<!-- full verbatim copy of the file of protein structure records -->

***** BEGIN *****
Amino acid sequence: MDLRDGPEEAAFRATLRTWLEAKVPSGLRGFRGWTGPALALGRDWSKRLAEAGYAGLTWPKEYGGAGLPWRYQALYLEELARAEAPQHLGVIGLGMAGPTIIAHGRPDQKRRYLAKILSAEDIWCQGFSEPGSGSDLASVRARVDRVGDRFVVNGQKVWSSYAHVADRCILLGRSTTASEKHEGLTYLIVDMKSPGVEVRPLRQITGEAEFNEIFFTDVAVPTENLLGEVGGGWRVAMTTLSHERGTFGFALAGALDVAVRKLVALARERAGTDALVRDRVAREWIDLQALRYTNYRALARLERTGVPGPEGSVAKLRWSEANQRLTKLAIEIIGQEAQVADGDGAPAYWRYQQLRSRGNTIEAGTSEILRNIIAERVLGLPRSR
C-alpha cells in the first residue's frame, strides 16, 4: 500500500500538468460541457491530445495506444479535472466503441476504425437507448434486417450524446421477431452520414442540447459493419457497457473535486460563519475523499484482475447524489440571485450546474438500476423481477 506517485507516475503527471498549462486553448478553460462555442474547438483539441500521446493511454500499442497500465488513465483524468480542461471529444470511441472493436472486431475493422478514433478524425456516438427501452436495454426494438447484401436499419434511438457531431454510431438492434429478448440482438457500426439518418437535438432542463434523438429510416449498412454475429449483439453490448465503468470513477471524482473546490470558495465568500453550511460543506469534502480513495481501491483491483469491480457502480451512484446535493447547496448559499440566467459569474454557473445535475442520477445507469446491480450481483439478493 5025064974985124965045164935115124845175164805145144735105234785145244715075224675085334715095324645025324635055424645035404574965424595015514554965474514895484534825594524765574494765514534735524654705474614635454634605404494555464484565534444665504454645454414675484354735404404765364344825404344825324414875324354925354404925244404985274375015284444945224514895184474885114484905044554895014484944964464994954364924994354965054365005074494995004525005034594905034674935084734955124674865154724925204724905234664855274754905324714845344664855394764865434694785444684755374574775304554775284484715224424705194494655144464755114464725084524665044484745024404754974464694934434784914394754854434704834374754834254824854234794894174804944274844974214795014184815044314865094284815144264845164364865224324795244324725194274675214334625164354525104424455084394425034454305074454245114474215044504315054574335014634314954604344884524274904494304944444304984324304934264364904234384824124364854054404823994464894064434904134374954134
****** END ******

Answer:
Amino acid sequence: MDLRDGPEEAAFRATLRTWLEAKVPSGLRGFRGWTGPALALGRDWSKRLAEAGYAGLTWPKEYGGAGLPWRYQALYLEELARAEAPQHLGVIGLGMAGPTIIAHGRPDQKRRYLAKILSAEDIWCQGFSEPGSGSDLASVRARVDRVGDRFVVNGQKVWSSYAHVADRCILLGRSTTASEKHEGLTYLIVDMKSPGVEVRPLRQITGEAEFNEIFFTDVAVPTENLLGEVGGGWRVAMTTLSHERGTFGFALAGALDVAVRKLVALARERAGTDALVRDRVAREWIDLQALRYTNYRALARLERTGVPGPEGSVAKLRWSEANQRLTKLAIEIIGQEAQVADGDGAPAYWRYQQLRSRGNTIEAGTSEILRNIIAERVLGLPRSR
C-alpha cells in the first residue's frame, strides 16, 4: 500500500500538468460541457491530445495506444479535472466503441476504425437507448434486417450524446421477431452520414442540447459493419457497457473535486460563519475523499484482475447524489440571485450546474438500476423481477 506517485507516475503527471498549462486553448478553460462555442474547438483539441500521446493511454500499442497500465488513465483524468480542461471529444470511441472493436472486431475493422478514433478524425456516438427501452436495454426494438447484401436499419434511438457531431454510431438492434429478448440482438457500426439518418437535438432542463434523438429510416449498412454475429449483439453490448465503468470513477471524482473546490470558495465568500453550511460543506469534502480513495481501491483491483469491480457502480451512484446535493447547496448559499440566467459569474454557473445535475442520477445507469446491480450481483439478493 5025064974985124965045164935115124845175164805145144735105234785145244715075224675085334715095324645025324635055424645035404574965424595015514554965474514895484534825594524765574494765514534735524654705474614635454634605404494555464484565534444665504454645454414675484354735404404765364344825404344825324414875324354925354404925244404985274375015284444945224514895184474885114484905044554895014484944964464994954364924994354965054365005074494995004525005034594905034674935084734955124674865154724925204724905234664855274754905324714845344664855394764865434694785444684755374574775304554775284484715224424705194494655144464755114464725084524665044484745024404754974464694934434784914394754854434704834374754834254824854234794894174804944274844974214795014184815044314865094284815144264845164364865224324795244324725194274675214334625164354525104424455084394425034454305074454245114474215044504315054574335014634314954604344884524274904494304944444304984324304934264364904234384824124364854054404823994464894064434904134374954134